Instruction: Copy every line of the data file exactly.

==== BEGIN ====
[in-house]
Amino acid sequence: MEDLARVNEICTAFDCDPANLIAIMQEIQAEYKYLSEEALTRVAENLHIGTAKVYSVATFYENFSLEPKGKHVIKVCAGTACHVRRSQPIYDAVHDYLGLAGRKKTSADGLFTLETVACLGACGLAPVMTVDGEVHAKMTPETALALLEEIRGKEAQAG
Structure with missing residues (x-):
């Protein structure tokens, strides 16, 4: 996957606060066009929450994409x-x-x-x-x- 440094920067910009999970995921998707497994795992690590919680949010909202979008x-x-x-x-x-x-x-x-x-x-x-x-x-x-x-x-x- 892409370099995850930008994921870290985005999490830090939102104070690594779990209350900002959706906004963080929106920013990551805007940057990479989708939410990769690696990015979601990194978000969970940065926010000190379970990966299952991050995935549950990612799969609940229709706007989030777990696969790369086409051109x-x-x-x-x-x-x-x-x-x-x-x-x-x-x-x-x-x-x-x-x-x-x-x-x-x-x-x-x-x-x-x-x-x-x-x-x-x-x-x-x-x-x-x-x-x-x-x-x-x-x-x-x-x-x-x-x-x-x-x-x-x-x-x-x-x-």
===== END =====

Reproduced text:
[in-house]
Amino acid sequence: MEDLARVNEICTAFDCDPANLIAIMQEIQAEYKYLSEEALTRVAENLHIGTAKVYSVATFYENFSLEPKGKHVIKVCAGTACHVRRSQPIYDAVHDYLGLAGRKKTSADGLFTLETVACLGACGLAPVMTVDGEVHAKMTPETALALLEEIRGKEAQAG
Structure with missing residues (x-):
């Protein structure tokens, strides 16, 4: 996957606060066009929450994409x-x-x-x-x- 440094920067910009999970995921998707497994795992690590919680949010909202979008x-x-x-x-x-x-x-x-x-x-x-x-x-x-x-x-x- 892409370099995850930008994921870290985005999490830090939102104070690594779990209350900002959706906004963080929106920013990551805007940057990479989708939410990769690696990015979601990194978000969970940065926010000190379970990966299952991050995935549950990612799969609940229709706007989030777990696969790369086409051109x-x-x-x-x-x-x-x-x-x-x-x-x-x-x-x-x-x-x-x-x-x-x-x-x-x-x-x-x-x-x-x-x-x-x-x-x-x-x-x-x-x-x-x-x-x-x-x-x-x-x-x-x-x-x-x-x-x-x-x-x-x-x-x-x-x-």